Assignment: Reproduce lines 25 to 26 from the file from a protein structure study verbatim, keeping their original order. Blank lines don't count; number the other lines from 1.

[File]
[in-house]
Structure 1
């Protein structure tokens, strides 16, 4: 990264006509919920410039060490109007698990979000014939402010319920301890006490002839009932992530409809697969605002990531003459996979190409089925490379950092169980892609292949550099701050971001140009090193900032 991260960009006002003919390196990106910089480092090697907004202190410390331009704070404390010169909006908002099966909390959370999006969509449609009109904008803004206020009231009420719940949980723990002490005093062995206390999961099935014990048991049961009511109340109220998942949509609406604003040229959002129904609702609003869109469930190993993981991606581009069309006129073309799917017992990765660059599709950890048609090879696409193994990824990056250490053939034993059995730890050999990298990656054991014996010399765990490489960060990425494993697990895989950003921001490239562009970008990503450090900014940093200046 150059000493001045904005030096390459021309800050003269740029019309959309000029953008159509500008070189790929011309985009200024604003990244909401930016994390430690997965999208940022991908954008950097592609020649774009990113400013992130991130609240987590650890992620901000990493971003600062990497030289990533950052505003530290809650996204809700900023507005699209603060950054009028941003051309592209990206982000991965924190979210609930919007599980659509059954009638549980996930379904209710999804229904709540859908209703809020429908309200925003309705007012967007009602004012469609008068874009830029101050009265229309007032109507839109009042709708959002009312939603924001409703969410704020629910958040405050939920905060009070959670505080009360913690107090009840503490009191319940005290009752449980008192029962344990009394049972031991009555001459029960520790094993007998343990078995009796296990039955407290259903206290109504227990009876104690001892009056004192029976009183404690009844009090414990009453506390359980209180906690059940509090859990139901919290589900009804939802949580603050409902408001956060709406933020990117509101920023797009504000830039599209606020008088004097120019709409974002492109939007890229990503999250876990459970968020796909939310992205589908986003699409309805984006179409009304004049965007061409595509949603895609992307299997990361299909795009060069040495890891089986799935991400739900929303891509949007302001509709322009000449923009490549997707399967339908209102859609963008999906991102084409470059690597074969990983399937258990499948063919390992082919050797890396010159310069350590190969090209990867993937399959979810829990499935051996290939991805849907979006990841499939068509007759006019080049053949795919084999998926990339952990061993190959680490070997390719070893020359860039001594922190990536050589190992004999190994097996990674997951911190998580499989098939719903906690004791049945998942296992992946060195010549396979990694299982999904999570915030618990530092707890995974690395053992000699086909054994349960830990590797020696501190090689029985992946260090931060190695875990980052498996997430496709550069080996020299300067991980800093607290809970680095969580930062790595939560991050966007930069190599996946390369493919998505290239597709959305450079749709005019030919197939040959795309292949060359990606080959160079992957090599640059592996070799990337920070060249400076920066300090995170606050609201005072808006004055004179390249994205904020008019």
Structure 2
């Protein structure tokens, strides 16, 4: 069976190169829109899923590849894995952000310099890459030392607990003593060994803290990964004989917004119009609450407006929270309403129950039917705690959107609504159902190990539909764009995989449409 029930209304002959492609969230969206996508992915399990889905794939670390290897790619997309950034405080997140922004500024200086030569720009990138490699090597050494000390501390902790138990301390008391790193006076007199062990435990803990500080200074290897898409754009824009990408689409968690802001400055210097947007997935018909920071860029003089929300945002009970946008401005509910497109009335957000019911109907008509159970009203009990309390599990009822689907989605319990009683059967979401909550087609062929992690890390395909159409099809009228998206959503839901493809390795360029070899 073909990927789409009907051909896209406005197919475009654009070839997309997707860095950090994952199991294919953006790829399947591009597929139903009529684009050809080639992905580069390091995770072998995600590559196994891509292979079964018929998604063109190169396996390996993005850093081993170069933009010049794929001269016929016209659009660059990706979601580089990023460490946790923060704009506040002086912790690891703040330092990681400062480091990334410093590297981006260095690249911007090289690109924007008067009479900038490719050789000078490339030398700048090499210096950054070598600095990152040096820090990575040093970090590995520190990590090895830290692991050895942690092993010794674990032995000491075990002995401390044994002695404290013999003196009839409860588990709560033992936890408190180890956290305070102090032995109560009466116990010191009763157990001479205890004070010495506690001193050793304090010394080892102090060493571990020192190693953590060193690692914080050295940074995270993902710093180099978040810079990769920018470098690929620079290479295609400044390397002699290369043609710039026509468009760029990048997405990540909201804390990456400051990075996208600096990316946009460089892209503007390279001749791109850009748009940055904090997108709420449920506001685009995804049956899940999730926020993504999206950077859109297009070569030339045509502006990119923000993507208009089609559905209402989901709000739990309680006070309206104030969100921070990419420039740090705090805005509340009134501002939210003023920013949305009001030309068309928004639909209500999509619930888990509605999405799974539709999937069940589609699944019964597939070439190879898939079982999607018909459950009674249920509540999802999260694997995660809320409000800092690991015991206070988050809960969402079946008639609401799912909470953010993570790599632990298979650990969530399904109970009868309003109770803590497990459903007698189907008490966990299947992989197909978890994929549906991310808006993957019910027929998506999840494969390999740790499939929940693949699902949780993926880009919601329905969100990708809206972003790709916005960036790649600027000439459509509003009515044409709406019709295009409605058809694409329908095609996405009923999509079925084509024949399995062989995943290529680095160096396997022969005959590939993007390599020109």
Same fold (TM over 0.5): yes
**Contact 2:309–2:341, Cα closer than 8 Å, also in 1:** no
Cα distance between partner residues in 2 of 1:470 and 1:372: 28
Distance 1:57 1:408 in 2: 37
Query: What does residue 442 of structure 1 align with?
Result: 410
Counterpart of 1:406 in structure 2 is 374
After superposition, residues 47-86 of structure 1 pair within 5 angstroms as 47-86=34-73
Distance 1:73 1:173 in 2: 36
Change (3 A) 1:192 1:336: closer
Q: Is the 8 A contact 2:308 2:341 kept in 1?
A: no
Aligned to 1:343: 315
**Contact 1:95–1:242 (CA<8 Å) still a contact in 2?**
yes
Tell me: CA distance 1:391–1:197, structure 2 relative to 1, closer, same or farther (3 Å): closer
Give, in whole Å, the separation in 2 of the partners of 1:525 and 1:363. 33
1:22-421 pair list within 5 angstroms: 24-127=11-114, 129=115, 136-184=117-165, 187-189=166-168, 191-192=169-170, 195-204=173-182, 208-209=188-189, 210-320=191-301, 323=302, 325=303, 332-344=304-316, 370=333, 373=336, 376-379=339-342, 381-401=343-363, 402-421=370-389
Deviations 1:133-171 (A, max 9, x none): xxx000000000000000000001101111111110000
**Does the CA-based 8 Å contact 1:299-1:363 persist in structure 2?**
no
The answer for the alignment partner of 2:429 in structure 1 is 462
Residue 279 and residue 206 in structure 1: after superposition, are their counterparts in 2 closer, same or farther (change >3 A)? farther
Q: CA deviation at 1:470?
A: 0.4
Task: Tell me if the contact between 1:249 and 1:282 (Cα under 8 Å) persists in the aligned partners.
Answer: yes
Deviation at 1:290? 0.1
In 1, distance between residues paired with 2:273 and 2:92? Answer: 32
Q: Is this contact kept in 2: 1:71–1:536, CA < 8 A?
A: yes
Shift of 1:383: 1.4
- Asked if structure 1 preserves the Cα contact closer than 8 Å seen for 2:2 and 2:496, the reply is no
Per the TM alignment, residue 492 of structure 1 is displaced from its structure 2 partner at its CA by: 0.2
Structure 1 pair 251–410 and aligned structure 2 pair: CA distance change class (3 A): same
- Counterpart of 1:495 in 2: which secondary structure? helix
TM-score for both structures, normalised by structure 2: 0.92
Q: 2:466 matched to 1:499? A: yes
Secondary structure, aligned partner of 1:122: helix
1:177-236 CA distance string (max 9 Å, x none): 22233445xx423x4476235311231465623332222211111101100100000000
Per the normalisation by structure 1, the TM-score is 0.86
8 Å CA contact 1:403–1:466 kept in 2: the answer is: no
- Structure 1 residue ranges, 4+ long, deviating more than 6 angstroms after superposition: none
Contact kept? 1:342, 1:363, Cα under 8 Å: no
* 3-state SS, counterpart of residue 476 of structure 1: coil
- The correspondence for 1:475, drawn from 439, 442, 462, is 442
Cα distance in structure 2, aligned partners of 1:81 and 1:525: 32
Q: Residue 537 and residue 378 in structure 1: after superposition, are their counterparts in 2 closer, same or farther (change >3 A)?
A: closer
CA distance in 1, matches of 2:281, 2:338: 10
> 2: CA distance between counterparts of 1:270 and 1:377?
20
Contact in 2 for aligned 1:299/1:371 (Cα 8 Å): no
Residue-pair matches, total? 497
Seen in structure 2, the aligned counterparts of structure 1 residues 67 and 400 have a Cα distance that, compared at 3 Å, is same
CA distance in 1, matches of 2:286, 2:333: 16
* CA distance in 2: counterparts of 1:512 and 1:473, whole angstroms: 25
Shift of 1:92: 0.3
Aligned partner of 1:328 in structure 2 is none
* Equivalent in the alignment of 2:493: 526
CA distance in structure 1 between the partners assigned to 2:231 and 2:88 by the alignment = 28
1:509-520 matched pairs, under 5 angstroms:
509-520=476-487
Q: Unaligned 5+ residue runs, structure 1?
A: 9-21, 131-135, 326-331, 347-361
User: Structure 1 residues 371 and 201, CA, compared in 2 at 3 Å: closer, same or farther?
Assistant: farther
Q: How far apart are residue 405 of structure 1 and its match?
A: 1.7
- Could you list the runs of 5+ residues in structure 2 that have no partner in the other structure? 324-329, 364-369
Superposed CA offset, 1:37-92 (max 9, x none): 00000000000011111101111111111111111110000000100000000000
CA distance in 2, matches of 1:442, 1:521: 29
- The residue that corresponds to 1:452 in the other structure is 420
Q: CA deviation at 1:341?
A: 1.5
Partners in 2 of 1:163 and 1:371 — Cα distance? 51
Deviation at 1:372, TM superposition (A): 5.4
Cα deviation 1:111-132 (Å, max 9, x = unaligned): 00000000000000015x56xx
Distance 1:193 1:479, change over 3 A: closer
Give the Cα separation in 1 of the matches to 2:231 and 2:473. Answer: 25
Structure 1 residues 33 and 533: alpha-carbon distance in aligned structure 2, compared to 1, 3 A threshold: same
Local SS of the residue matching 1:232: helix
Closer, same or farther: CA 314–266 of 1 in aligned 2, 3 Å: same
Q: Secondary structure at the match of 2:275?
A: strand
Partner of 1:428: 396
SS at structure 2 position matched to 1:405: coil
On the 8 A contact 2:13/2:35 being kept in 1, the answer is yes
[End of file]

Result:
**Does the CA-based 8 Å contact 1:299-1:363 persist in structure 2?**
no